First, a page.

post #44 of 52
Quote:
Originally Posted by billyymc View Post
Yeah, because nothing that hasn't been proved in a peer reviewed and statistically relevant study can't be true.
Easy billy, I was just poking fun and suggesting that in my zoo, whats good for the goose is good for the gander. Read a couple of posts up and you'll see:

"The study is really not scientific. Its not been critically reviewed for one."

I think it is a decent study. You could move in a ton of other equipment, run it 286 time and my gut feeling is you would still find that on rough gravel roads fatter softer tires are faster. Bushwacker gets out and rides, and concurrs.
post #45 of 52
Quote:
Originally Posted by newfydog View Post
Easy billy, I was just poking fun and suggesting that in my zoo, whats good for the goose is good for the gander. Read a couple of posts up and you'll see:

"The study is really not scientific. Its not been critically reviewed for one."

I think it is a decent study. You could move in a ton of other equipment, run it 286 time and my gut feeling is you would still find that on rough gravel roads fatter softer tires are faster. Bushwacker gets out and rides, and concurrs.
Was just bustin your chops Newfy. I don't read most of this stuff, just find it amusing. FWIW, I'm going to let some air out of my tires this weekend and see how it feels.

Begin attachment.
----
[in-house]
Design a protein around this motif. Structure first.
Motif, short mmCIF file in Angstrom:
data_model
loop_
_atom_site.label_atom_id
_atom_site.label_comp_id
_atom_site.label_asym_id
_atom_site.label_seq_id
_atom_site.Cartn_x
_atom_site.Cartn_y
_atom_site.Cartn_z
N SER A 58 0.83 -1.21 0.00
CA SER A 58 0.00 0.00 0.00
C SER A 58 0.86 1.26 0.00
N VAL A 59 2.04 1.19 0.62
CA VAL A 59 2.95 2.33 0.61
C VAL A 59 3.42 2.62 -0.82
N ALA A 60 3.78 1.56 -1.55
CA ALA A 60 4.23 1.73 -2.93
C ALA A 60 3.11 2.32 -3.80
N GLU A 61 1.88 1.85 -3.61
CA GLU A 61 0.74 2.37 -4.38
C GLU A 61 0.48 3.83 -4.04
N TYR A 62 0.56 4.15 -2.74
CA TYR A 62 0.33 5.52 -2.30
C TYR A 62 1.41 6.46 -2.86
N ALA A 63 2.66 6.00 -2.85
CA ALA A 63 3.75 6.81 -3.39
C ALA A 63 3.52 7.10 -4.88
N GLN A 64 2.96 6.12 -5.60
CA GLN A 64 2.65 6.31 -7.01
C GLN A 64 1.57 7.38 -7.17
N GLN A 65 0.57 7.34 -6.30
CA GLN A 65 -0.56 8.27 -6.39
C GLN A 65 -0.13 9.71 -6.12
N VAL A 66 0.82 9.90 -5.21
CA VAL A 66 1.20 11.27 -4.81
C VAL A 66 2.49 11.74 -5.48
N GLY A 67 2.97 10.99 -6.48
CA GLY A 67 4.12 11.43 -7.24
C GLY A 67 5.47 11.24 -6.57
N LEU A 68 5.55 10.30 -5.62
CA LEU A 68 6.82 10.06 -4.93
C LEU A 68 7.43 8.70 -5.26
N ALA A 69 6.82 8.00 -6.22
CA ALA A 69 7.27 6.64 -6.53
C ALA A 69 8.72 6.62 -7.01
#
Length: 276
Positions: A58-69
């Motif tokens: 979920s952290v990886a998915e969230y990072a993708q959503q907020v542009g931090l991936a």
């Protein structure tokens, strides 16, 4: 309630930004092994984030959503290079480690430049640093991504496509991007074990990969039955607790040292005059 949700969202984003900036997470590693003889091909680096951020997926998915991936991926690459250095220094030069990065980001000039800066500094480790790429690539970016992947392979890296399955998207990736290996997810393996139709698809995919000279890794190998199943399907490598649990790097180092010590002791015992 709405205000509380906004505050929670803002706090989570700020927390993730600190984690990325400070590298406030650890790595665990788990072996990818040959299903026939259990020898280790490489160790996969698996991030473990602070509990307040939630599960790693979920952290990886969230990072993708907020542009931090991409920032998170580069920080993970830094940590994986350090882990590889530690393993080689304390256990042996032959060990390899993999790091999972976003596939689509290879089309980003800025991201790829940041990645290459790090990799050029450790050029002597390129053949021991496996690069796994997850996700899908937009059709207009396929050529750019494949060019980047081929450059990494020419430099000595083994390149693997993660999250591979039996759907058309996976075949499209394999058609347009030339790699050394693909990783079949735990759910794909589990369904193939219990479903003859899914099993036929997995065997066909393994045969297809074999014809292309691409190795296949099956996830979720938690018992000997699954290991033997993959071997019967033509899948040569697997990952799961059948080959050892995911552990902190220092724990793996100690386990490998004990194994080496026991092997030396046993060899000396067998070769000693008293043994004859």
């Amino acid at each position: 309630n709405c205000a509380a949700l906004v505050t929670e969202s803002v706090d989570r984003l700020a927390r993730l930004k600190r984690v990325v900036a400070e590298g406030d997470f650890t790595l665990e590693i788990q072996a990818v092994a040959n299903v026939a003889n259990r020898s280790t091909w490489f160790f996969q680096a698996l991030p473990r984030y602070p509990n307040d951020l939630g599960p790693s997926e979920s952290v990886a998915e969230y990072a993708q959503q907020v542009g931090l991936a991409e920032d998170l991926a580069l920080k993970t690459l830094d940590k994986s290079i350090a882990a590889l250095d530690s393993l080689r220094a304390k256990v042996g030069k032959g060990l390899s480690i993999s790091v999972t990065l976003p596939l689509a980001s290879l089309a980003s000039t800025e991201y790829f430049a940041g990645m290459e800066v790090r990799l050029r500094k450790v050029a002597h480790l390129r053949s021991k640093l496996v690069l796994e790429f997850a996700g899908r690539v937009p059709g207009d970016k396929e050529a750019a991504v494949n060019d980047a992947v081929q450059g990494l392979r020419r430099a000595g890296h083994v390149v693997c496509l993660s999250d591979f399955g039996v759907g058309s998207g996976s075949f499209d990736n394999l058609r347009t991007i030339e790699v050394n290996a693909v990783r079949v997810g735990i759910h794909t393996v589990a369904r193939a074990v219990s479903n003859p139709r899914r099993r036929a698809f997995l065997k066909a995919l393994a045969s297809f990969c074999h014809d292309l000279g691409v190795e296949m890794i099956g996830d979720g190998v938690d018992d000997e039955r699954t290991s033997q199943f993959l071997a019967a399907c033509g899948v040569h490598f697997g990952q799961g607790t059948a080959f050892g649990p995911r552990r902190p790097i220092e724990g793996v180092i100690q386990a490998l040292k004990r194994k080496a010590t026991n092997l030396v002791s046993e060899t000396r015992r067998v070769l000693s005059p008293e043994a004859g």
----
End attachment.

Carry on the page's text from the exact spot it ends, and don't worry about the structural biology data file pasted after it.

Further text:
post #46 of 52

***Hippoopo(critical)thetical Tire Experiment***

Actionoffroad.com

Mowak Tires
A couple guys decided to end the notion that high tire pressure was the fastest tire pressure to use.


The experiment proceded as such; An off road vehicle was obtained for the purposes of this reasearch.

3 sets of tires were obtained; summer tread, all terrain, and snow tires.

It was deemed that 3 obstacle courses were to be run. Brick pavers, gravel, and mud pit.

Tire pressure of 15lbs and 60lbs were chosen.

Efficiency was to be measured with the Unum E. Ammeter.

We ran 103 trials because thats when we ran out of Yeunglings.

As you can clearly see from our data, 18.8 charging amps was the highest figure obtained.

From this data we can logically deduce that ALL OFF ROAD TIRES SHOULD BE RUN AT LOW PRESSURE TO OBTAIN MAXIMUM SPEED.



post #47 of 52